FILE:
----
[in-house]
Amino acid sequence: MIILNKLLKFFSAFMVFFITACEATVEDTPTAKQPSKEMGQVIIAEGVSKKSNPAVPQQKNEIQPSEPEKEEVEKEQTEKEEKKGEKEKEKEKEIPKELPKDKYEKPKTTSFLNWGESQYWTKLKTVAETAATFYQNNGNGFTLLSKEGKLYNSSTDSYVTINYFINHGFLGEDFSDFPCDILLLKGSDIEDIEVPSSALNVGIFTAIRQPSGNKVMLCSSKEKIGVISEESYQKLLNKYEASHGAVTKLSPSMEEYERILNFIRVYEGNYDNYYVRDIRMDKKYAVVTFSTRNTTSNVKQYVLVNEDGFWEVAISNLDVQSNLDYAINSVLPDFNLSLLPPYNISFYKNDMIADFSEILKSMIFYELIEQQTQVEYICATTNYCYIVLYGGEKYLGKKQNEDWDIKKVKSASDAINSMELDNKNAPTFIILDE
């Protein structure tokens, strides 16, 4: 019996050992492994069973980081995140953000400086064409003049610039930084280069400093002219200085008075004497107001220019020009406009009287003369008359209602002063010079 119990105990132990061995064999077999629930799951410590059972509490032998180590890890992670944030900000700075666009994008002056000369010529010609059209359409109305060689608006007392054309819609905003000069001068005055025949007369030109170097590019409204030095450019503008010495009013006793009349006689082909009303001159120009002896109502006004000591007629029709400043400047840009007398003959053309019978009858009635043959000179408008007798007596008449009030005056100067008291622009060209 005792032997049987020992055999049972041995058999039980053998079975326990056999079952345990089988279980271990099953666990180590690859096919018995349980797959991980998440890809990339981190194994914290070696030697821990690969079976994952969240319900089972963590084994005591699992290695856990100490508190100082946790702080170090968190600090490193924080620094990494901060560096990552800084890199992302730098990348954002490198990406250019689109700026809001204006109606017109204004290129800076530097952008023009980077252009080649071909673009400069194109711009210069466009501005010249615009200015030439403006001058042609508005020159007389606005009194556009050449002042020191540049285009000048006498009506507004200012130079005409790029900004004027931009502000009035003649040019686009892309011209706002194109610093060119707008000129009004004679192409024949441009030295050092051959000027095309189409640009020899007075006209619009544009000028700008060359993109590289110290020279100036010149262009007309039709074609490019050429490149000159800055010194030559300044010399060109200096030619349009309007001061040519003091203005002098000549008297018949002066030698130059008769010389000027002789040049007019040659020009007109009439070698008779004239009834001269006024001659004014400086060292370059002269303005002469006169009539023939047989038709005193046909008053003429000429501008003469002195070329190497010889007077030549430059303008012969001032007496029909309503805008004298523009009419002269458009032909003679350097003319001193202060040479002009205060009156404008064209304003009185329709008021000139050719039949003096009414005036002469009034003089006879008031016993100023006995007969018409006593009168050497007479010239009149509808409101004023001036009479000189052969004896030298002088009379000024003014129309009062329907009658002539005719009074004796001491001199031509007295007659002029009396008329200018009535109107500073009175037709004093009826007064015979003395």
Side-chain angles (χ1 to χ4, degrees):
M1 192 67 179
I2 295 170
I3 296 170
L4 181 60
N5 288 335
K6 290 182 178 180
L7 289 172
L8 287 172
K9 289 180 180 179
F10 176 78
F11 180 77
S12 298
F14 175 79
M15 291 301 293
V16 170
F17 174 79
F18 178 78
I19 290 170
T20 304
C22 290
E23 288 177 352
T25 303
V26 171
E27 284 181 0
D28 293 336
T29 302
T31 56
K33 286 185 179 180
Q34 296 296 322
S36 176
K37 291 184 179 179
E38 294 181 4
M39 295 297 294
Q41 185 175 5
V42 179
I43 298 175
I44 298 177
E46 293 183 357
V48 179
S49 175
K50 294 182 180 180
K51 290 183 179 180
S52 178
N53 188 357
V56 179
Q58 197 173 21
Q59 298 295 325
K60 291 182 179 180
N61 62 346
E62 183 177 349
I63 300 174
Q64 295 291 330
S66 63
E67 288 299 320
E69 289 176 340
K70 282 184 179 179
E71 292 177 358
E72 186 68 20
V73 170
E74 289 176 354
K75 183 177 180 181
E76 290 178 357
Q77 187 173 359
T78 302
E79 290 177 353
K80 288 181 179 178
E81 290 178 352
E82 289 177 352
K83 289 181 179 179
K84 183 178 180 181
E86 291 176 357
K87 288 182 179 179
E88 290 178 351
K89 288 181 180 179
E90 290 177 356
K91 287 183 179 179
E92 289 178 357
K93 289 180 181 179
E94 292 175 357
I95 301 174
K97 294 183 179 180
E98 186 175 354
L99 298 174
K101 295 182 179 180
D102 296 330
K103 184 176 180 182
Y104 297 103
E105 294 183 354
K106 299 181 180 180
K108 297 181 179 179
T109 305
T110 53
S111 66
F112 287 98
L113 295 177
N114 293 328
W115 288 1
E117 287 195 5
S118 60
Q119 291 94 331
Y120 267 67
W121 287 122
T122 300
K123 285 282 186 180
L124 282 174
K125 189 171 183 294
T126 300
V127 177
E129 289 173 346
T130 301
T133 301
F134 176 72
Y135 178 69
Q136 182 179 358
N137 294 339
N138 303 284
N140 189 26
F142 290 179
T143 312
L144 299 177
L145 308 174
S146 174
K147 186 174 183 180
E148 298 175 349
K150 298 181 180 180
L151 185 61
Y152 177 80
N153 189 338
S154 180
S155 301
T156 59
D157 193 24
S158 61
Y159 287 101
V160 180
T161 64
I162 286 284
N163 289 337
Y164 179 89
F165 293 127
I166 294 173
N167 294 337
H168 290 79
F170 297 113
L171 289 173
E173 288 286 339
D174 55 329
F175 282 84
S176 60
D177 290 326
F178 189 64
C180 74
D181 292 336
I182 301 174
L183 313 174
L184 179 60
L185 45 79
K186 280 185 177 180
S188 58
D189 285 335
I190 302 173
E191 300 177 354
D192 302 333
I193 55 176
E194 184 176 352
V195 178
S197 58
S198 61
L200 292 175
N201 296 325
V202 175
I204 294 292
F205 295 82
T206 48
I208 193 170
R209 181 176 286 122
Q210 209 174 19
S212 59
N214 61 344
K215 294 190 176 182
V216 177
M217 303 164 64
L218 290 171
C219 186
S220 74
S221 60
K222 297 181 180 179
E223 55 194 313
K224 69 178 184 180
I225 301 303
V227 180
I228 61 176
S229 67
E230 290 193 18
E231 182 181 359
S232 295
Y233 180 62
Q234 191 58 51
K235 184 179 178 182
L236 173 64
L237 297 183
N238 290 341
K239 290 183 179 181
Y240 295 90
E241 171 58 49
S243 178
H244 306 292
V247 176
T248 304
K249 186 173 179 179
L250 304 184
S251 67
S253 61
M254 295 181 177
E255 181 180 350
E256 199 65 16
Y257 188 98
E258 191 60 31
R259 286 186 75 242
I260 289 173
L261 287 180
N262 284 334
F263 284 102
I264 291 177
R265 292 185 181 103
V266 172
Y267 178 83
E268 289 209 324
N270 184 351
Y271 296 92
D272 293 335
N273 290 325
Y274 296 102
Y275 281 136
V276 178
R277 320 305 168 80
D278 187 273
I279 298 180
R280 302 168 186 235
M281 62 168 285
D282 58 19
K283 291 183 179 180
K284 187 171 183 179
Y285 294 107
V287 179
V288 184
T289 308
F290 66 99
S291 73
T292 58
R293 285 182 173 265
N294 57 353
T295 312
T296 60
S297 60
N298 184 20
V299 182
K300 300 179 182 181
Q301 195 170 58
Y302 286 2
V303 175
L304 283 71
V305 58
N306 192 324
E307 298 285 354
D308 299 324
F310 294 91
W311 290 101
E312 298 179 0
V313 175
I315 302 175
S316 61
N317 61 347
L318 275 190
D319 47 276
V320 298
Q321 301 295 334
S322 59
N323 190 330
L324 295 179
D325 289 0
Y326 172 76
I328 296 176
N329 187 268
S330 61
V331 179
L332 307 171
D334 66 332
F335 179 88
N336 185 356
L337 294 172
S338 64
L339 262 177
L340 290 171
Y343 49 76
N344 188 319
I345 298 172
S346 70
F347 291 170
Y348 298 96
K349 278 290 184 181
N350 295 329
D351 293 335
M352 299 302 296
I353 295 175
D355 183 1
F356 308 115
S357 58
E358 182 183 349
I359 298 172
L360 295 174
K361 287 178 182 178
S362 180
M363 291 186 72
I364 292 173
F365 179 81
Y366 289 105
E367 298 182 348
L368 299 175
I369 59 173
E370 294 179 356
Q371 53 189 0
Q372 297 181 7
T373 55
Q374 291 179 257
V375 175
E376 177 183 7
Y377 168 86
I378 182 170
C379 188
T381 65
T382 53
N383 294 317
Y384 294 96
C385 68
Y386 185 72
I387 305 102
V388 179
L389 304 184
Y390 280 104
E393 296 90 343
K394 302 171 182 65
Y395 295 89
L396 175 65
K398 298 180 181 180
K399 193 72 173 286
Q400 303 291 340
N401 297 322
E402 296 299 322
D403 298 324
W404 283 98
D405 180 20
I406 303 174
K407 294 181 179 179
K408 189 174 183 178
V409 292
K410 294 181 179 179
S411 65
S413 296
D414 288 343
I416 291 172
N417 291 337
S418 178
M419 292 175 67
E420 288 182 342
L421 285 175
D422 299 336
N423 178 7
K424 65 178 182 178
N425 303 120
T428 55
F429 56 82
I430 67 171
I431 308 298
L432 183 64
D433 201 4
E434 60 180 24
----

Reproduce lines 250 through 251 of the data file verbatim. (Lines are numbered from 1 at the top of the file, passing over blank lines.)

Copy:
V288 184
T289 308